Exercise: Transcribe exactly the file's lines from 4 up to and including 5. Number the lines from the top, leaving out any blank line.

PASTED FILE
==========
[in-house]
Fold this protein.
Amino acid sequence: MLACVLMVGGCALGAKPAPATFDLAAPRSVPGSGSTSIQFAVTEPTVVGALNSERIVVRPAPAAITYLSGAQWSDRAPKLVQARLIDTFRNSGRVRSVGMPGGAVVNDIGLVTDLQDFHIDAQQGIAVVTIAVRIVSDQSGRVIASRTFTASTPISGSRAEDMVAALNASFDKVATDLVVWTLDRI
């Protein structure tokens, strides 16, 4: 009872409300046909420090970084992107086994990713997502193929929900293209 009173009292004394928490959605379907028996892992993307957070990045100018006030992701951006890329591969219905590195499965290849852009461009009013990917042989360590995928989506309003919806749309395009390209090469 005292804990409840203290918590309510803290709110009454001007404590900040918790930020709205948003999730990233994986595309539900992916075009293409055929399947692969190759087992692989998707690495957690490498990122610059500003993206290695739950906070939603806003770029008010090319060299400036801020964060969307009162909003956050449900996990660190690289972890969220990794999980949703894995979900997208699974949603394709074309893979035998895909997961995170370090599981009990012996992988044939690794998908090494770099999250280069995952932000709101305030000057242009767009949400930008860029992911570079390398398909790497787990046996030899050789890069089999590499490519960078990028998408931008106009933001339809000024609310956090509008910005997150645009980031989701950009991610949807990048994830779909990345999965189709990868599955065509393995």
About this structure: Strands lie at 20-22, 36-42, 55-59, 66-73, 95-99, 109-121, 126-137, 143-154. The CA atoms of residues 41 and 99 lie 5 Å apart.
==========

């Protein structure tokens, strides 16, 4: 009872409300046909420090970084992107086994990713997502193929929900293209 009173009292004394928490959605379907028996892992993307957070990045100018006030992701951006890329591969219905590195499965290849852009461009009013990917042989360590995928989506309003919806749309395009390209090469 005292804990409840203290918590309510803290709110009454001007404590900040918790930020709205948003999730990233994986595309539900992916075009293409055929399947692969190759087992692989998707690495957690490498990122610059500003993206290695739950906070939603806003770029008010090319060299400036801020964060969307009162909003956050449900996990660190690289972890969220990794999980949703894995979900997208699974949603394709074309893979035998895909997961995170370090599981009990012996992988044939690794998908090494770099999250280069995952932000709101305030000057242009767009949400930008860029992911570079390398398909790497787990046996030899050789890069089999590499490519960078990028998408931008106009933001339809000024609310956090509008910005997150645009980031989701950009991610949807990048994830779909990345999965189709990868599955065509393995």
About this structure: Strands lie at 20-22, 36-42, 55-59, 66-73, 95-99, 109-121, 126-137, 143-154. The CA atoms of residues 41 and 99 lie 5 Å apart.